As podcasting evolves, you might find yourself making a podcast in your workplace. Whether you've been specifically hired to create the show, or you're branching out from your regular duties, it's natural to have questions about what you do or do not own, especially after you've left the company. We've found that it depends on three things.

1: Was there an agreement between you and your company that governs you creating a podcast for that company and, if so, what all was covered by your agreement with the company?

For most major employers, when you start at a company, you'll have to sign both an offer letter and what’s called a confidential information and invention assignment agreement. That basically means that anything you create that’s related to your job while you're at work for that company was created for the company as a work for hire arrangement. Basically, you were getting paid to create that intellectual property for the company, and now the company owns it. You don’t have any ongoing rights in the intellectual property and have no control over how it is modified, used, sold, etc.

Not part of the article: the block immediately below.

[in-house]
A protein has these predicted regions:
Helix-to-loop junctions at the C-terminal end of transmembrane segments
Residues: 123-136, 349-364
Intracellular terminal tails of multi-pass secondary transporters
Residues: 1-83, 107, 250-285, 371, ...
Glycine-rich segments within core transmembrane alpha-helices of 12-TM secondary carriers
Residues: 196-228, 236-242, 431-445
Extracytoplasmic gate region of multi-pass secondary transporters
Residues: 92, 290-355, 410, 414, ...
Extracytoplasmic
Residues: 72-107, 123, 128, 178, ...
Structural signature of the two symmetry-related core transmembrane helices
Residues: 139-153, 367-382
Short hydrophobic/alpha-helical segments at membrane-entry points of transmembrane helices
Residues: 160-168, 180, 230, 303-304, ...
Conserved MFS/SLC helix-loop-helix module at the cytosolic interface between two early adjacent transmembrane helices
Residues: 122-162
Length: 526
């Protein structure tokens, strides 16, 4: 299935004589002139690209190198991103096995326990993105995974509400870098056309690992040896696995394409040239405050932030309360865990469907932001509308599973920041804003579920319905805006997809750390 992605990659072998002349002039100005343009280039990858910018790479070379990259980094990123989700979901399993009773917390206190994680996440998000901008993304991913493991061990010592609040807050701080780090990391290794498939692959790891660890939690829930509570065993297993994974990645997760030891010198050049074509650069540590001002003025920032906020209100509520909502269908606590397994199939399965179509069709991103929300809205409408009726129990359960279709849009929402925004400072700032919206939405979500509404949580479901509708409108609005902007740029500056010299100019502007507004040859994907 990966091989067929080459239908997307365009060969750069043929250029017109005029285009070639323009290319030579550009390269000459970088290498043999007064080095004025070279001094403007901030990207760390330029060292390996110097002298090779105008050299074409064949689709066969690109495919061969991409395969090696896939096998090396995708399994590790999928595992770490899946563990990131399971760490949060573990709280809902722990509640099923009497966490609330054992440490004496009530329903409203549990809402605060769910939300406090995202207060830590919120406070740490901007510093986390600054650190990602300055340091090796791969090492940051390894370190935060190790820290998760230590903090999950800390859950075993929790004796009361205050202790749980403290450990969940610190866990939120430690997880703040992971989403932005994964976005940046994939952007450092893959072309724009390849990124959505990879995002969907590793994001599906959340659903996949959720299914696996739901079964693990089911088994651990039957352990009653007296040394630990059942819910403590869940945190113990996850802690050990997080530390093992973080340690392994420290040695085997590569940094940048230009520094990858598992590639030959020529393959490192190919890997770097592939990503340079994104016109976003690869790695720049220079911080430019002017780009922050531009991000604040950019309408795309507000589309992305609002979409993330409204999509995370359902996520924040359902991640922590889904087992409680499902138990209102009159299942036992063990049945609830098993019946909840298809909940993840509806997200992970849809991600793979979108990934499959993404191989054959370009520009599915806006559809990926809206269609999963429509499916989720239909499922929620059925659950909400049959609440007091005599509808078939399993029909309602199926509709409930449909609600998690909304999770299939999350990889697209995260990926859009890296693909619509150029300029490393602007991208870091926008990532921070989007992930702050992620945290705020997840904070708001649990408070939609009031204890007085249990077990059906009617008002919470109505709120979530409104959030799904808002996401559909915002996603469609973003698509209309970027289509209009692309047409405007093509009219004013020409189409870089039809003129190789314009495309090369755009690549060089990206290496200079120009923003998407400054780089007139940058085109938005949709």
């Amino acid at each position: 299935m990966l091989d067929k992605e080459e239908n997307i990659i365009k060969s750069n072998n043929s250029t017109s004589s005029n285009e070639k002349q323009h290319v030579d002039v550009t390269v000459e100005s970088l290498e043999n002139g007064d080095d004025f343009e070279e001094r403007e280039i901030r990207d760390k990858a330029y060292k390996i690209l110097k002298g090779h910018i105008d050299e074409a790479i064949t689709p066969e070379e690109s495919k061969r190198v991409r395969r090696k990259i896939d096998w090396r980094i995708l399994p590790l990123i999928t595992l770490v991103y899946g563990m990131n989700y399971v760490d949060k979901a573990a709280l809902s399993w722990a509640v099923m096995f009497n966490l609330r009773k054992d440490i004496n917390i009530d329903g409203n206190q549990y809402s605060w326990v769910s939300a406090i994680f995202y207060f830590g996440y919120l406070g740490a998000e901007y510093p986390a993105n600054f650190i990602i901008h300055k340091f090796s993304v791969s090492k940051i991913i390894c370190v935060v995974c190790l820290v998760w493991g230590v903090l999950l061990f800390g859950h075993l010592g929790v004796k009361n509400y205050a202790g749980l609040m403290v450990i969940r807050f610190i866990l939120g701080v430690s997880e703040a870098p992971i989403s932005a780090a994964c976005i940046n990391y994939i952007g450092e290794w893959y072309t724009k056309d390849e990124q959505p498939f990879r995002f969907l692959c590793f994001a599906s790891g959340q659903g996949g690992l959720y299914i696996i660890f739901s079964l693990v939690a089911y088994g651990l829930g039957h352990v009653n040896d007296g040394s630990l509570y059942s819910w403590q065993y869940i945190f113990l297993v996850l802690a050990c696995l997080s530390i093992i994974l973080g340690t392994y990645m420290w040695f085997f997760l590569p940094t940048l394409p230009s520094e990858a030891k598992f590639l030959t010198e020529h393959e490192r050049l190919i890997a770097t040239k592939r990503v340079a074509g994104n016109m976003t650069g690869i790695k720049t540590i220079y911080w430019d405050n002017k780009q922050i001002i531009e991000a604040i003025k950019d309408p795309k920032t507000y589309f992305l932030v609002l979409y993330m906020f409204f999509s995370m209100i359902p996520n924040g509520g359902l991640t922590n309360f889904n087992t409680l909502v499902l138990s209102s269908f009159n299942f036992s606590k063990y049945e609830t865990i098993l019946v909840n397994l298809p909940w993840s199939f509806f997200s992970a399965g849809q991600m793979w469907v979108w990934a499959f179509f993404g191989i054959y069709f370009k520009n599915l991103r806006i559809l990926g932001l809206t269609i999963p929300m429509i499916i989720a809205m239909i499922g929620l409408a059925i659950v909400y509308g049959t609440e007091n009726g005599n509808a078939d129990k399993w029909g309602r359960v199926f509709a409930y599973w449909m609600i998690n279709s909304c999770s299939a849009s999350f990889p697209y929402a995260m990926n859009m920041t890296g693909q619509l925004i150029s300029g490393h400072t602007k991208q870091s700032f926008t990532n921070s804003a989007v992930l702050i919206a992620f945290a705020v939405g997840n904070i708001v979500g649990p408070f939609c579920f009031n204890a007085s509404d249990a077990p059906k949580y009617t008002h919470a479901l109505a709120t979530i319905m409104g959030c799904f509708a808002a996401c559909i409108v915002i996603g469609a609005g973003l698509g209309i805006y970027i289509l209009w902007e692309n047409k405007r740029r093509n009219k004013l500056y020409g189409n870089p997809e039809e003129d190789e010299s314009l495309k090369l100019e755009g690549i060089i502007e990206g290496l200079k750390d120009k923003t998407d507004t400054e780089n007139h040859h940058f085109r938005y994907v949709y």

Where it gets extra tricky, especially in podcasting, is that sometimes the work that you’re creating can be very personal. If you’re the host, you’re using your own name, voice and likeness. If you’re also a writer or contributing to the creative content of the podcast on the fly, often you're using your own personal anecdotes, life experiences, and stories. Usually, even in those cases, the companies that you're working for–who are paying for you to create the content–want to go as far as possible to make sure that that content is still owned by them, including anything that could later be made from it (for example, a television show, film, novel, etc). Standard form confidential information and invention assignment agreements don’t typically include rights to use your name, voice, likeness, life story, etc.